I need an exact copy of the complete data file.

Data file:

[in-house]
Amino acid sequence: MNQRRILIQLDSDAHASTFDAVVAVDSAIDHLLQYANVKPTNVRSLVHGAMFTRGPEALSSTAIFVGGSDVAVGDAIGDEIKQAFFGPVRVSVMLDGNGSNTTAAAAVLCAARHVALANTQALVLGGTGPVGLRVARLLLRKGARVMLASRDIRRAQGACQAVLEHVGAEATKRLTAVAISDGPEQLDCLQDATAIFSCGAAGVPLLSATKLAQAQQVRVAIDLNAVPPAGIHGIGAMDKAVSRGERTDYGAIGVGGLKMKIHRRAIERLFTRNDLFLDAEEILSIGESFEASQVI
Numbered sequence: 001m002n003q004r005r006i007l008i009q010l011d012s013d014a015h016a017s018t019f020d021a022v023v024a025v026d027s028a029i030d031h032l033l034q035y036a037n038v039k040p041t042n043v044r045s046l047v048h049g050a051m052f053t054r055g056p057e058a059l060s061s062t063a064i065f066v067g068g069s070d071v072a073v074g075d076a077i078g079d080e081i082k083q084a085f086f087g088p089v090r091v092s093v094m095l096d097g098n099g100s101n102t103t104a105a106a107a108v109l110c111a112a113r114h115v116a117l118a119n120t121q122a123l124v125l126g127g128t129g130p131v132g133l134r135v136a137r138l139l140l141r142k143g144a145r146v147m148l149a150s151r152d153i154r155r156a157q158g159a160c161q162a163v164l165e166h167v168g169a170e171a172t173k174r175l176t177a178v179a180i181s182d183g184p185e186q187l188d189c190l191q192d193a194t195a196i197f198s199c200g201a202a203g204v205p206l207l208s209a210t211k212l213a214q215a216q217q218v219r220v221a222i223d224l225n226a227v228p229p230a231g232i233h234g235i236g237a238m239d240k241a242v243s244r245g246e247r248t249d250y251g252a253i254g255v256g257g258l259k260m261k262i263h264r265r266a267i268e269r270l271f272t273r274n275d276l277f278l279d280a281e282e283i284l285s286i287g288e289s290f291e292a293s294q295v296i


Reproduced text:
[in-house]
Amino acid sequence: MNQRRILIQLDSDAHASTFDAVVAVDSAIDHLLQYANVKPTNVRSLVHGAMFTRGPEALSSTAIFVGGSDVAVGDAIGDEIKQAFFGPVRVSVMLDGNGSNTTAAAAVLCAARHVALANTQALVLGGTGPVGLRVARLLLRKGARVMLASRDIRRAQGACQAVLEHVGAEATKRLTAVAISDGPEQLDCLQDATAIFSCGAAGVPLLSATKLAQAQQVRVAIDLNAVPPAGIHGIGAMDKAVSRGERTDYGAIGVGGLKMKIHRRAIERLFTRNDLFLDAEEILSIGESFEASQVI
Numbered sequence: 001m002n003q004r005r006i007l008i009q010l011d012s013d014a015h016a017s018t019f020d021a022v023v024a025v026d027s028a029i030d031h032l033l034q035y036a037n038v039k040p041t042n043v044r045s046l047v048h049g050a051m052f053t054r055g056p057e058a059l060s061s062t063a064i065f066v067g068g069s070d071v072a073v074g075d076a077i078g079d080e081i082k083q084a085f086f087g088p089v090r091v092s093v094m095l096d097g098n099g100s101n102t103t104a105a106a107a108v109l110c111a112a113r114h115v116a117l118a119n120t121q122a123l124v125l126g127g128t129g130p131v132g133l134r135v136a137r138l139l140l141r142k143g144a145r146v147m148l149a150s151r152d153i154r155r156a157q158g159a160c161q162a163v164l165e166h167v168g169a170e171a172t173k174r175l176t177a178v179a180i181s182d183g184p185e186q187l188d189c190l191q192d193a194t195a196i197f198s199c200g201a202a203g204v205p206l207l208s209a210t211k212l213a214q215a216q217q218v219r220v221a222i223d224l225n226a227v228p229p230a231g232i233h234g235i236g237a238m239d240k241a242v243s244r245g246e247r248t249d250y251g252a253i254g255v256g257g258l259k260m261k262i263h264r265r266a267i268e269r270l271f272t273r274n275d276l277f278l279d280a281e282e283i284l285s286i287g288e289s290f291e292a293s294q295v296i